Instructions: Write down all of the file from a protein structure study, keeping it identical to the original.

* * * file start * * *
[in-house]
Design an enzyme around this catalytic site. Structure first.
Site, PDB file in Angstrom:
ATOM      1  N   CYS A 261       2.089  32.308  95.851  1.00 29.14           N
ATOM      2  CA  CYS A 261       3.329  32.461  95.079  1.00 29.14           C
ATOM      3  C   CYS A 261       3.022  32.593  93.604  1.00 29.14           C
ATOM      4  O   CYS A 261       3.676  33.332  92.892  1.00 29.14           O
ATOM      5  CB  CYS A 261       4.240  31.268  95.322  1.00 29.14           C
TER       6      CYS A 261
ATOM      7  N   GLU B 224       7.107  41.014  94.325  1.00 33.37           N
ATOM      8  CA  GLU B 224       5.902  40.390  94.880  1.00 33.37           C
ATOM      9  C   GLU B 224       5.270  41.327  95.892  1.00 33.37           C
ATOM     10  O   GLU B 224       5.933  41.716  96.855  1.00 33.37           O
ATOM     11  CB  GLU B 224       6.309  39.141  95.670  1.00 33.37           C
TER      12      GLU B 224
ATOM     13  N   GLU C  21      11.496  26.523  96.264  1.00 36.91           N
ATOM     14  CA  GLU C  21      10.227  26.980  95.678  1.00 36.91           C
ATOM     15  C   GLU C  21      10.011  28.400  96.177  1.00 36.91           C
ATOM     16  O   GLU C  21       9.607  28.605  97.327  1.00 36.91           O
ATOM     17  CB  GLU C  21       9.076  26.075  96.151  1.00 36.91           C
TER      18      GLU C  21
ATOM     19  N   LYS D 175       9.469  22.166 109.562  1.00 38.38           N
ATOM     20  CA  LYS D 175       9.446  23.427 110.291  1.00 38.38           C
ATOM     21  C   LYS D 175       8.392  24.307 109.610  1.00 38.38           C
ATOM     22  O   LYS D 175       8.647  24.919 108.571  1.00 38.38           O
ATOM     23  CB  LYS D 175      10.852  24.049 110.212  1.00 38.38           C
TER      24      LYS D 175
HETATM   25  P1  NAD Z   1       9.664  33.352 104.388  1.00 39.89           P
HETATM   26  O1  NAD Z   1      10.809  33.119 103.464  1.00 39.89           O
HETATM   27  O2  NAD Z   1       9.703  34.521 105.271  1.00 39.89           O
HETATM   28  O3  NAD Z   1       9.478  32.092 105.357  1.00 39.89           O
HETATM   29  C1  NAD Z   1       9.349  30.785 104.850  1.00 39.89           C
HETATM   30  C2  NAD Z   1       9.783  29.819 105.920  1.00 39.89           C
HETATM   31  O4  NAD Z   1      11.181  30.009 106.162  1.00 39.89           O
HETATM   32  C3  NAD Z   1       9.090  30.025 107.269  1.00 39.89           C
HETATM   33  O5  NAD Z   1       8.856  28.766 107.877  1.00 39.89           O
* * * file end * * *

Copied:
[in-house]
Design an enzyme around this catalytic site. Structure first.
Site, PDB file in Angstrom:
ATOM      1  N   CYS A 261       2.089  32.308  95.851  1.00 29.14           N
ATOM      2  CA  CYS A 261       3.329  32.461  95.079  1.00 29.14           C
ATOM      3  C   CYS A 261       3.022  32.593  93.604  1.00 29.14           C
ATOM      4  O   CYS A 261       3.676  33.332  92.892  1.00 29.14           O
ATOM      5  CB  CYS A 261       4.240  31.268  95.322  1.00 29.14           C
TER       6      CYS A 261
ATOM      7  N   GLU B 224       7.107  41.014  94.325  1.00 33.37           N
ATOM      8  CA  GLU B 224       5.902  40.390  94.880  1.00 33.37           C
ATOM      9  C   GLU B 224       5.270  41.327  95.892  1.00 33.37           C
ATOM     10  O   GLU B 224       5.933  41.716  96.855  1.00 33.37           O
ATOM     11  CB  GLU B 224       6.309  39.141  95.670  1.00 33.37           C
TER      12      GLU B 224
ATOM     13  N   GLU C  21      11.496  26.523  96.264  1.00 36.91           N
ATOM     14  CA  GLU C  21      10.227  26.980  95.678  1.00 36.91           C
ATOM     15  C   GLU C  21      10.011  28.400  96.177  1.00 36.91           C
ATOM     16  O   GLU C  21       9.607  28.605  97.327  1.00 36.91           O
ATOM     17  CB  GLU C  21       9.076  26.075  96.151  1.00 36.91           C
TER      18      GLU C  21
ATOM     19  N   LYS D 175       9.469  22.166 109.562  1.00 38.38           N
ATOM     20  CA  LYS D 175       9.446  23.427 110.291  1.00 38.38           C
ATOM     21  C   LYS D 175       8.392  24.307 109.610  1.00 38.38           C
ATOM     22  O   LYS D 175       8.647  24.919 108.571  1.00 38.38           O
ATOM     23  CB  LYS D 175      10.852  24.049 110.212  1.00 38.38           C
TER      24      LYS D 175
HETATM   25  P1  NAD Z   1       9.664  33.352 104.388  1.00 39.89           P
HETATM   26  O1  NAD Z   1      10.809  33.119 103.464  1.00 39.89           O
HETATM   27  O2  NAD Z   1       9.703  34.521 105.271  1.00 39.89           O
HETATM   28  O3  NAD Z   1       9.478  32.092 105.357  1.00 39.89           O
HETATM   29  C1  NAD Z   1       9.349  30.785 104.850  1.00 39.89           C
HETATM   30  C2  NAD Z   1       9.783  29.819 105.920  1.00 39.89           C
HETATM   31  O4  NAD Z   1      11.181  30.009 106.162  1.00 39.89           O
HETATM   32  C3  NAD Z   1       9.090  30.025 107.269  1.00 39.89           C
HETATM   33  O5  NAD Z   1       8.856  28.766 107.877  1.00 39.89           O